As archaeologists we are bound by professional codes and legal statutes, which typically presume the primacy of the archaeological record and grant us some level of authority over it. Some scholars have critiqued this normative core by questioning who the archaeological record serves and to what greater goods archaeologists should contribute. Such critiques have led to wider acknowledgement and consideration of the social responsibilities that archaeologists have toward various stakeholders. However, in practice, archaeologists often become de facto managers of stakeholders, complicating the archaeologist’s own position as stakeholder and the multiplicity of moral codes that the stakeholders bring to the table. This paper probes the often veiled normative philosophies that underlie archaeological ethical codes by focusing on the examples of stakeholder management and the ideal of stewardship. In what ways are our traditional duties to the archaeological record and its representative cultures not “good” enough?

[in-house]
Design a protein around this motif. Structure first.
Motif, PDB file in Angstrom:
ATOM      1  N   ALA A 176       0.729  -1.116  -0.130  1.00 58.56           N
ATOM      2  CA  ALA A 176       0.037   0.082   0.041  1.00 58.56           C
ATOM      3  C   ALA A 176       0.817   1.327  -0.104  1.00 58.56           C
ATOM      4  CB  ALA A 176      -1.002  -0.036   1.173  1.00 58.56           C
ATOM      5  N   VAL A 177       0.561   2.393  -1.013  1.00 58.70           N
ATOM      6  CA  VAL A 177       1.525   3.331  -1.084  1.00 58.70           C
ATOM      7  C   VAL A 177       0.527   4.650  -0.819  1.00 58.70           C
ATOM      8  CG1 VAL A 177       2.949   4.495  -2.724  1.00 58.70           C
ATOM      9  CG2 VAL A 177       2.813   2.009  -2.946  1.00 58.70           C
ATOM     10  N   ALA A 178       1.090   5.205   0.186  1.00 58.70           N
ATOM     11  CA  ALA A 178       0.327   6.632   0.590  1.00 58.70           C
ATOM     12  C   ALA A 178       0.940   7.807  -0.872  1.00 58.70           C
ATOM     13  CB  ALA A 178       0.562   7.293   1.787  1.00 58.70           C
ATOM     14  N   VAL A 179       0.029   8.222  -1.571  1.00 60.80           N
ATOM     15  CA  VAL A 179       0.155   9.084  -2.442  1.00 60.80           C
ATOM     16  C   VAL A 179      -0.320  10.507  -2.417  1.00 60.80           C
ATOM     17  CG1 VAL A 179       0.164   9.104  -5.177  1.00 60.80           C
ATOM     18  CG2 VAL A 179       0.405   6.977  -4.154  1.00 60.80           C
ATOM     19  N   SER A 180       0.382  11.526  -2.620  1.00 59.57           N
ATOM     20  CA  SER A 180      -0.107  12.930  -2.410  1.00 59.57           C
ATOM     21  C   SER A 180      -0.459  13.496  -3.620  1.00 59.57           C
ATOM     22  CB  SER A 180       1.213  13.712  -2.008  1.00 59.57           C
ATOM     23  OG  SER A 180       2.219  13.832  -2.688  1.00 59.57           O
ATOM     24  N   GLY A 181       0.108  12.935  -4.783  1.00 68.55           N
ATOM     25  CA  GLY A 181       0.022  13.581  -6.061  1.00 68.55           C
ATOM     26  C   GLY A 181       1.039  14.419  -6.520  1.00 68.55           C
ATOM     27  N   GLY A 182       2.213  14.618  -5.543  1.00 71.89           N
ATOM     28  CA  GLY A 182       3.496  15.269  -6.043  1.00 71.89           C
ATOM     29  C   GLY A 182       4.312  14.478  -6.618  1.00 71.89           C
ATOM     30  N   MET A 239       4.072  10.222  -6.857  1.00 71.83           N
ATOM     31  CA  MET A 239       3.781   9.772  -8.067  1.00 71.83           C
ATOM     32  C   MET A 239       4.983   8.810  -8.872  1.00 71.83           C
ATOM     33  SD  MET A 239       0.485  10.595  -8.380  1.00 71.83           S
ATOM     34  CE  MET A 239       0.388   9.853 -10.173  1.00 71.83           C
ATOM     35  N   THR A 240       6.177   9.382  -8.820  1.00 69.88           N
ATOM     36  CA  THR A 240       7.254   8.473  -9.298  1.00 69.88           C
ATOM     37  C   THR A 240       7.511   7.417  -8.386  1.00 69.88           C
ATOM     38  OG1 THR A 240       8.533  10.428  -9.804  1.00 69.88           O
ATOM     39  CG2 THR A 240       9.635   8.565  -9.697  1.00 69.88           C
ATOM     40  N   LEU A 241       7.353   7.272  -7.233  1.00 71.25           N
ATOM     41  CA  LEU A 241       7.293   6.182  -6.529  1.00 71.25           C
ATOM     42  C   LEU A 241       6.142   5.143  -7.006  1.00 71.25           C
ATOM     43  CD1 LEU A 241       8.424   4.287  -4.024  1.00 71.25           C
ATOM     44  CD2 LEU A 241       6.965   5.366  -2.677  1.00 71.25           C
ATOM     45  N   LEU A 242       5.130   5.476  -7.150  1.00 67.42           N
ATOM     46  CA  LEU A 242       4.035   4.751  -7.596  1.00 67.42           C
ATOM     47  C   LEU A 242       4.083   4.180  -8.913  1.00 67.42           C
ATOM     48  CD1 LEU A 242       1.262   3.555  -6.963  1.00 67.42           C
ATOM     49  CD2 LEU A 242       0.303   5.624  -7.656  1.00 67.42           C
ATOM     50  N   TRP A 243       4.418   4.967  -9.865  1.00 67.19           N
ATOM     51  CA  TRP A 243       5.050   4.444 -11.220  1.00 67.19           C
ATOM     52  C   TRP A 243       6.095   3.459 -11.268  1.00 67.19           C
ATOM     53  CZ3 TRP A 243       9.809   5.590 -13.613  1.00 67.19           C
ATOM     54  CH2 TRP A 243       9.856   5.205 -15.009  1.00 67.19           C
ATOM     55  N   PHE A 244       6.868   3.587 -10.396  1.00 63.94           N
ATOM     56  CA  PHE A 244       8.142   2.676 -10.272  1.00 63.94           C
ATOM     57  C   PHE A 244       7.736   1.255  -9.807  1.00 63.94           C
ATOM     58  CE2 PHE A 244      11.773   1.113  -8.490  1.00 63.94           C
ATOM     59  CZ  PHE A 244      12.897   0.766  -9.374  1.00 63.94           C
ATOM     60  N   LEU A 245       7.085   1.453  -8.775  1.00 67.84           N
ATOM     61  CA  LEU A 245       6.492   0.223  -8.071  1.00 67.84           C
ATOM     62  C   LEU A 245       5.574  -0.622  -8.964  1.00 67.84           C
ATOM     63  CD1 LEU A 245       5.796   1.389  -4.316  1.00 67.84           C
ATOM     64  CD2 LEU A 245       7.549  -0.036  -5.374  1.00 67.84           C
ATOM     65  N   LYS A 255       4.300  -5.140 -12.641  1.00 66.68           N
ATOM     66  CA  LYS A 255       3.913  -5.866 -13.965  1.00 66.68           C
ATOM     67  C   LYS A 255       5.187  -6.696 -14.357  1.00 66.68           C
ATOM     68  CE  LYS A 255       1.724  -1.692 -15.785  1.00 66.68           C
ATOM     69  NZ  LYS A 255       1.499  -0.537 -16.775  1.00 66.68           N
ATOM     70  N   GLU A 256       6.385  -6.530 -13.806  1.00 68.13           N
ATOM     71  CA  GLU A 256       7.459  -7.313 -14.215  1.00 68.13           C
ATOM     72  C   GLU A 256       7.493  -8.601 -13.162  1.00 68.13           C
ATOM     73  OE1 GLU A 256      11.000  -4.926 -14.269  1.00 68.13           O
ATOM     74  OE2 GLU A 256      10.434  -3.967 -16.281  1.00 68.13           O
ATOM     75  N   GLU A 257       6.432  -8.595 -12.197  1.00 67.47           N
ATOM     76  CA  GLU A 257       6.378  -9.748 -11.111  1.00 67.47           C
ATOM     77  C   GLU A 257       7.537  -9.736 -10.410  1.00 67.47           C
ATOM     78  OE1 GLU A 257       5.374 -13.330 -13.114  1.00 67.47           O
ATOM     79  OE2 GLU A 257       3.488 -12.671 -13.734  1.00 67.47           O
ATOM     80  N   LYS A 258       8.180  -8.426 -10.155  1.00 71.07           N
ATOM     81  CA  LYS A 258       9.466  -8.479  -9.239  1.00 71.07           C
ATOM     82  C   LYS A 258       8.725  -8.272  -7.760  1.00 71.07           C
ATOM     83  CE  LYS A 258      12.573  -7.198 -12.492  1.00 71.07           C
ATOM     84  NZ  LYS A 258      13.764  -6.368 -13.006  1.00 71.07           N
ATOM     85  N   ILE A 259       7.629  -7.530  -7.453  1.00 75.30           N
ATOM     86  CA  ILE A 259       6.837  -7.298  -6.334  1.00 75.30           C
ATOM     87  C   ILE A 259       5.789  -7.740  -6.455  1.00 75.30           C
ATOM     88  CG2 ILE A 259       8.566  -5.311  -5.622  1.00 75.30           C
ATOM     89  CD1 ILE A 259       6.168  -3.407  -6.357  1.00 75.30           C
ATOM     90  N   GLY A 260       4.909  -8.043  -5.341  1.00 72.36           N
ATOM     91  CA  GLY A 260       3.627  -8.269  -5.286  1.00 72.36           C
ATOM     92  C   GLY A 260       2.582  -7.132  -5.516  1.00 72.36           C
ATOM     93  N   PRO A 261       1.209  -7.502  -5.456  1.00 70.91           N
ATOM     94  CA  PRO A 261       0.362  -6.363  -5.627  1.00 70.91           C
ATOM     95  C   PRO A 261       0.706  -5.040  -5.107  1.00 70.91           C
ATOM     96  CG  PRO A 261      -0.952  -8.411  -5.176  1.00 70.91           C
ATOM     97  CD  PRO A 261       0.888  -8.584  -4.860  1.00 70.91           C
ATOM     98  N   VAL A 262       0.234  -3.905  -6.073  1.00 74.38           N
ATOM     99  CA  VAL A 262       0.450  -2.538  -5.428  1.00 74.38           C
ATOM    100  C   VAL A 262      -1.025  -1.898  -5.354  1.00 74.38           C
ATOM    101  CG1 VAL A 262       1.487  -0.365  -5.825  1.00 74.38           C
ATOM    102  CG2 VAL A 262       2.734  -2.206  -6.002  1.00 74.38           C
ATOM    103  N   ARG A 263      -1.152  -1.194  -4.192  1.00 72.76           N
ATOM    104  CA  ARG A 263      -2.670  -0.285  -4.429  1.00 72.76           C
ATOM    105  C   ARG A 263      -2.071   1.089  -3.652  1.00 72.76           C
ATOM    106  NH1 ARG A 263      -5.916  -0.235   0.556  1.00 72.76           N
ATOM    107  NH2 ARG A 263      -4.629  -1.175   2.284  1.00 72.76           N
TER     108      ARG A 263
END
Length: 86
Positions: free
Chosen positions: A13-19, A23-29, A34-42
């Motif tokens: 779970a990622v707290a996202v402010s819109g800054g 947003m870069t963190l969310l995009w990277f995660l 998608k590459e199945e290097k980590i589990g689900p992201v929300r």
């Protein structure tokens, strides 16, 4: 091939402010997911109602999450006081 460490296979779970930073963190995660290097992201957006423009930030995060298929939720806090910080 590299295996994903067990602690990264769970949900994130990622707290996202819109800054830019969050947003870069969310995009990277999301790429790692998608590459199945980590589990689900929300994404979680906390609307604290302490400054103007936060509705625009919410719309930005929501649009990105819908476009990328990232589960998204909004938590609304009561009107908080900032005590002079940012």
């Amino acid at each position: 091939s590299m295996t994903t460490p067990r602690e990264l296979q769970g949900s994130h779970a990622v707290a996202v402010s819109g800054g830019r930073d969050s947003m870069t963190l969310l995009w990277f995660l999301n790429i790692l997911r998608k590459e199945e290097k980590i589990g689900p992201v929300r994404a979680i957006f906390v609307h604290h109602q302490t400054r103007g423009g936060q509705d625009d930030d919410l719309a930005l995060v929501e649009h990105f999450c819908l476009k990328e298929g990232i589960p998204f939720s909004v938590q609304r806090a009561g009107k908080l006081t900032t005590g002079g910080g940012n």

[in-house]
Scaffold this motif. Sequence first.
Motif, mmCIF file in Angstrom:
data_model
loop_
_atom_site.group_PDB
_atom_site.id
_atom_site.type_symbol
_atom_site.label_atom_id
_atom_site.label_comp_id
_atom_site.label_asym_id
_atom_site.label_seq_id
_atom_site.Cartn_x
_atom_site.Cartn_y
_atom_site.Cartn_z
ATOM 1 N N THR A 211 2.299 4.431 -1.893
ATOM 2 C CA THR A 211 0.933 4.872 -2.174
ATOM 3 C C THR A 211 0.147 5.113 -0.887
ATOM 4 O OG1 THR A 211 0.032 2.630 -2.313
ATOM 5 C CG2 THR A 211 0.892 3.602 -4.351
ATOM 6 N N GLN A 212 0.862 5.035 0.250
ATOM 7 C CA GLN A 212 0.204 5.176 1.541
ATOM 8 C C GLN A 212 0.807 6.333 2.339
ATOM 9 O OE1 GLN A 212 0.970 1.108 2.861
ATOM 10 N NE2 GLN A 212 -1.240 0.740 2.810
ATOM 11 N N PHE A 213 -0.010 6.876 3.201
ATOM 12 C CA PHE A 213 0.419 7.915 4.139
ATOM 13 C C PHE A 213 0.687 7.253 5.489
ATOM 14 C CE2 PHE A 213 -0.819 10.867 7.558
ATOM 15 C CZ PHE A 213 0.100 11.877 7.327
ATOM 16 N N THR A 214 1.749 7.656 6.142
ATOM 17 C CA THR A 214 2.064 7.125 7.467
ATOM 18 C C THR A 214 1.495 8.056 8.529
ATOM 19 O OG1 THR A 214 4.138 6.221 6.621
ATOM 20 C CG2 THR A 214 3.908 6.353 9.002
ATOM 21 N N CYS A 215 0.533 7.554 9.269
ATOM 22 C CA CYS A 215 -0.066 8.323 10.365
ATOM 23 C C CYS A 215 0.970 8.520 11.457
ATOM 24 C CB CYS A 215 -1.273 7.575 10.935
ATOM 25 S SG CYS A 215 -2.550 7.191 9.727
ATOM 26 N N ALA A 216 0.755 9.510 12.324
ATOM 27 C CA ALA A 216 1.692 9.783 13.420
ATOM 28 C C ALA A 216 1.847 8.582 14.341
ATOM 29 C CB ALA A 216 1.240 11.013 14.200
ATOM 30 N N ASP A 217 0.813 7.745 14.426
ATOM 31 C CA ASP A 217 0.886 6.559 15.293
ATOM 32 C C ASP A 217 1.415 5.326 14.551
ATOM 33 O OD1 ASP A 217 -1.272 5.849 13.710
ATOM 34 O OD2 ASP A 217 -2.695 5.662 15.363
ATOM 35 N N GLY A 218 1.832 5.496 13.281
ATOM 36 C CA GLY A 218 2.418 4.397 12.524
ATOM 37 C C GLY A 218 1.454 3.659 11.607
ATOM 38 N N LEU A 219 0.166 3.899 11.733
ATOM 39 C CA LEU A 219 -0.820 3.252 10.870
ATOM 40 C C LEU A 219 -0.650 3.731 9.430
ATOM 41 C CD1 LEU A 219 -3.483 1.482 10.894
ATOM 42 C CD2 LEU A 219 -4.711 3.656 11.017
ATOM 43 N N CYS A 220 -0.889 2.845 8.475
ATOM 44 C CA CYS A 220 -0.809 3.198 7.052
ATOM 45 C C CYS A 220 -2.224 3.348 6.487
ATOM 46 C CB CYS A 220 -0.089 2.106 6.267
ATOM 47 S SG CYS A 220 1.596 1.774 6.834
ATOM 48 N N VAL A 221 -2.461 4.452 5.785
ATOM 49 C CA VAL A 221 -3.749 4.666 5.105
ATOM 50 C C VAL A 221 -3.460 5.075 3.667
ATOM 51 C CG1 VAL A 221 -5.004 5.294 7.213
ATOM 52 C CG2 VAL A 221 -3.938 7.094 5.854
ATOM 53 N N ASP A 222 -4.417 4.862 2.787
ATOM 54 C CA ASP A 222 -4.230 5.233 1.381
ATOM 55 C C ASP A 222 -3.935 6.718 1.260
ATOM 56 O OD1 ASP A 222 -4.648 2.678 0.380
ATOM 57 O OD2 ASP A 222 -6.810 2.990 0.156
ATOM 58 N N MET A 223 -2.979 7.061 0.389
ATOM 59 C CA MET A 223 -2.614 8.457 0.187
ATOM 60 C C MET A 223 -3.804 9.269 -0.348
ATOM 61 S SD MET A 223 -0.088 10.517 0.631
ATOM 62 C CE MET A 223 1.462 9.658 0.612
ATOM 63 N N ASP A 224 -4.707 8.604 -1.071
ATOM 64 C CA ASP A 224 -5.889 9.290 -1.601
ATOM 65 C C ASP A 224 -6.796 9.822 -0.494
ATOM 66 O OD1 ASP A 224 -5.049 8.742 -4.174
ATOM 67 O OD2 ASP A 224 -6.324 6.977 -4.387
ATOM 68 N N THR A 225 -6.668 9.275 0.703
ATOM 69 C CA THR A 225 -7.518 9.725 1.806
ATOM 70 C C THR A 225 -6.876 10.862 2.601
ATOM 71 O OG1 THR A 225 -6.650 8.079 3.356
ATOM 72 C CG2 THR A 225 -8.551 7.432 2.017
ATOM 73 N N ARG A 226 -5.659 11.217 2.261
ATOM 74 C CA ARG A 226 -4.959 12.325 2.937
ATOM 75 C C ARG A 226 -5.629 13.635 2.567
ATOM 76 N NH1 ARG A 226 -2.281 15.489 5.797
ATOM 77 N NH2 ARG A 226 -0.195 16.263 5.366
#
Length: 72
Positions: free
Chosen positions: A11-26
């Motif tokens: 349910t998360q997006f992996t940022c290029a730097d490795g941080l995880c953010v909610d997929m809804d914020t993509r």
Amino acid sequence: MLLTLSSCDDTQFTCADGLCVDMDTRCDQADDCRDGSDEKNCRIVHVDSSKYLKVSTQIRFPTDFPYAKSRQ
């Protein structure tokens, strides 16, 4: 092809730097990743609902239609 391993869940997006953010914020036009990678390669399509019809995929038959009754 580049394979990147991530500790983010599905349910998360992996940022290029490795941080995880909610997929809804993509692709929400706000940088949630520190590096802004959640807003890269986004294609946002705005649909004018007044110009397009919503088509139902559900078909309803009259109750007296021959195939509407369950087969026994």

Available at: http://works.bepress.com/angela_labrador/4/